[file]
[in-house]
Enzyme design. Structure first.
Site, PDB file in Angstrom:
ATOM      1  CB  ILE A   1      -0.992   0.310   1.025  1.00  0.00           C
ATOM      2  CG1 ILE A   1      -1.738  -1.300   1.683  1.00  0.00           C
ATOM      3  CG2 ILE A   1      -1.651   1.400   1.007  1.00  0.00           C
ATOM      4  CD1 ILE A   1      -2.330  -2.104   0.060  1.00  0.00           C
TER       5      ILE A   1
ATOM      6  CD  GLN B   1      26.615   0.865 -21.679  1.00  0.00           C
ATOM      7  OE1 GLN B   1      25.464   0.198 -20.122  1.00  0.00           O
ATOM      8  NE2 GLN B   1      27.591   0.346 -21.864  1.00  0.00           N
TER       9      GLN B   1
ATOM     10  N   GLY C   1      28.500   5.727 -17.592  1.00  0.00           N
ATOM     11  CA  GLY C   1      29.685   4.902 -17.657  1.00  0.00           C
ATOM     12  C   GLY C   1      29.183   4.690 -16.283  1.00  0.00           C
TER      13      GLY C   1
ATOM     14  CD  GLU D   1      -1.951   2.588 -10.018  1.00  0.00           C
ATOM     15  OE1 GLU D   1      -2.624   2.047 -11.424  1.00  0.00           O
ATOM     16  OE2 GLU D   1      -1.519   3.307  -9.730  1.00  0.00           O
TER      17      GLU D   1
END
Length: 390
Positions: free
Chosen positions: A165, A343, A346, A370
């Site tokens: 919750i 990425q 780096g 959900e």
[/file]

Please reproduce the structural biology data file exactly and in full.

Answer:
[in-house]
Enzyme design. Structure first.
Site, PDB file in Angstrom:
ATOM      1  CB  ILE A   1      -0.992   0.310   1.025  1.00  0.00           C
ATOM      2  CG1 ILE A   1      -1.738  -1.300   1.683  1.00  0.00           C
ATOM      3  CG2 ILE A   1      -1.651   1.400   1.007  1.00  0.00           C
ATOM      4  CD1 ILE A   1      -2.330  -2.104   0.060  1.00  0.00           C
TER       5      ILE A   1
ATOM      6  CD  GLN B   1      26.615   0.865 -21.679  1.00  0.00           C
ATOM      7  OE1 GLN B   1      25.464   0.198 -20.122  1.00  0.00           O
ATOM      8  NE2 GLN B   1      27.591   0.346 -21.864  1.00  0.00           N
TER       9      GLN B   1
ATOM     10  N   GLY C   1      28.500   5.727 -17.592  1.00  0.00           N
ATOM     11  CA  GLY C   1      29.685   4.902 -17.657  1.00  0.00           C
ATOM     12  C   GLY C   1      29.183   4.690 -16.283  1.00  0.00           C
TER      13      GLY C   1
ATOM     14  CD  GLU D   1      -1.951   2.588 -10.018  1.00  0.00           C
ATOM     15  OE1 GLU D   1      -2.624   2.047 -11.424  1.00  0.00           O
ATOM     16  OE2 GLU D   1      -1.519   3.307  -9.730  1.00  0.00           O
TER      17      GLU D   1
END
Length: 390
Positions: free
Chosen positions: A165, A343, A346, A370
């Site tokens: 919750i 990425q 780096g 959900e």